Cape Council to set tax caps Monday
Even though the process has been ongoing for months, the last week of July is typically when the Cape Coral city budget process for the new budget year ramps up.
On Monday, during the Cape Coral City Council’s regular meeting at 4:30 p.m. at City Hall, the elected board will set the initial not-to-exceed assessments and ad-valorem taxes.
Unlike in past years, there are two huge things that could factor into the new budget. One is the COVID-19 pandemic, and the other is the changing of the guard at the city manager’s position.
Mayor Joe Coviello said the city has taken some revenue losses, much of which has came from sales and gas taxes. He will have to look at the rest of the numbers before deciding how to attack that.
“We may have to look at efficiencies in our budget process to not only maintain our level of service, but also maintain our low tax rate moving forward,” Coviello said. “COVID-19 will play a role in the decisions we make going forward.”
Many of the projects the city planned to fund with gas and sales taxes have already been postponed, Also, the money the city received as Irma reimbursements and from selling surplus properties could also play a role, Coviello said.
Lot mowing, solid waste, fire protection, stormwater and the proposed millage will be set for the 2021 fiscal year. Once set, that number cannot be increased, but it can be lowered.
City staff is expected to recommend the city keep its ad valorem tax rate at 6.4903 mills, which is $6.49 per $1,000 of taxable value on your property. The rollback rate, the rate that would keep city funding exactly as is, would be 6.2428 mills.
If the recommended rate is approved, it would account for $103.36 million in the FY2021 General, or operating, Fund, which is currently $256,793,157.
Also, the Fire Service Assessment is 62 percent cost recovery, while the Public Service Tax is expected to hold at 7 percent, representing the other two legs of the “three-legged stool” budget approach implemented by City Manager John Szerlag, who will pass the baton to Rob Hernandez, who will take over the city manager position on Aug. 12.
Szerlag is retiring.
Coviello said he doesn’t believe the switch will have much of an impact.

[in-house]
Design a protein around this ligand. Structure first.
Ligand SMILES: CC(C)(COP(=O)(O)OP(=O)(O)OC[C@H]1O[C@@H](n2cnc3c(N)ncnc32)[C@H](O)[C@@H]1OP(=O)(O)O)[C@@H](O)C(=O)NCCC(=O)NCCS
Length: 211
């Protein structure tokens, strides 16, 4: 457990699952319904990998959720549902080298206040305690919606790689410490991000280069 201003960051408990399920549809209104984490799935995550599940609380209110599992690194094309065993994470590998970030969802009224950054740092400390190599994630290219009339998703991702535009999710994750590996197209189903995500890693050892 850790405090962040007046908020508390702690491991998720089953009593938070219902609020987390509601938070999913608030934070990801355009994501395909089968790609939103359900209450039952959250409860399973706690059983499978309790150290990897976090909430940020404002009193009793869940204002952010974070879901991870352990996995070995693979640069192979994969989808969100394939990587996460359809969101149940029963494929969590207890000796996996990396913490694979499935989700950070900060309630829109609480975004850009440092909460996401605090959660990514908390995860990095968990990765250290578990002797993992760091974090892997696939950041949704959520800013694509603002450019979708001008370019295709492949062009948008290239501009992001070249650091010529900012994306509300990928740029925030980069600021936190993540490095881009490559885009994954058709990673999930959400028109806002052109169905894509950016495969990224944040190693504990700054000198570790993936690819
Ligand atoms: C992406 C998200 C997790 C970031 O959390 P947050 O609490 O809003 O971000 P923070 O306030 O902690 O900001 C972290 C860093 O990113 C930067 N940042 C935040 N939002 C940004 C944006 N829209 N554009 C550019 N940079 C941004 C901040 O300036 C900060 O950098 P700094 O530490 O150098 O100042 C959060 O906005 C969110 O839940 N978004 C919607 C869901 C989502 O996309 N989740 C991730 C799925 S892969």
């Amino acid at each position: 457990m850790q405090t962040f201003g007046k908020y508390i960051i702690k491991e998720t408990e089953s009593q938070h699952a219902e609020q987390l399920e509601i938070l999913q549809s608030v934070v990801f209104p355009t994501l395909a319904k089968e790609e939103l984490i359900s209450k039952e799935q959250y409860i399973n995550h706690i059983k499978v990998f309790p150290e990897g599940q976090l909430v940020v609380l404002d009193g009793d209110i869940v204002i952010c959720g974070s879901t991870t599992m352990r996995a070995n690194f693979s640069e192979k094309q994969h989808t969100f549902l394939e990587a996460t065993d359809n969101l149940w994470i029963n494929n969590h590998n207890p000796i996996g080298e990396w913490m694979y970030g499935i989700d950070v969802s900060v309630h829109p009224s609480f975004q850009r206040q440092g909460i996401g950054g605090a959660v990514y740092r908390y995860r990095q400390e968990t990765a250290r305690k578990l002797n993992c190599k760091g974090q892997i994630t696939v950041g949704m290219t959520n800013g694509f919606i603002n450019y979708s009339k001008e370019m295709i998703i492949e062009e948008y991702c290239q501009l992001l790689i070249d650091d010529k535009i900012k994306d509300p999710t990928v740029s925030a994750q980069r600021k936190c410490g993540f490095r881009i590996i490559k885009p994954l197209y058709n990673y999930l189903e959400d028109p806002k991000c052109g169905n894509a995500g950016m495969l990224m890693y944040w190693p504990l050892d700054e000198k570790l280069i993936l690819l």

“Our budgets are created by the department heads who give input. They have done a good job, presented their budgets, and we will have a few budget workshops prior to finalizing the budget,” Coviello said. “I’m hoping he brings a fresh perspective to the budget.”
Mowing services are expected to remain the same, with the costs of districts 1, 2, 3, and 4 being $73.40, $56.98, $57.62 and $55.48, respectively.
Solid waste removal will cost $210.19, which includes a 7 percent increase in collection services that was agreed upon by the city and Waste-Pro in its new contract. Last year’s rate was $199.59.
The stormwater fee is expected to hold at $119 from the $125 recommended by consultants. The city staff recommends no increase because of the economic uncertainty.
Budget workshops are scheduled for Aug. 11, 18 and 25. The first public hearing on the budget is set for Sept. 3, while the final hearing is scheduled for Sept. 17. Both meetings will be at 5:05 p.m.
In other business, the city council will once again consider Downtown Village Square. The developers had requested an amendment to the phasing schedule for the project.
However, in a letter to Vince Cautero, developer Robert Lee wrote that due to the severity of the COVID-19 pandemic in Florida, the developers don’t feel it safe to travel to Florida at this time and will request another continuation to a time upon which the city and developer can agree.
The hearing examiner has recommended the amendment be denied.
City Hall is at 1015 Cultual Park Blvd.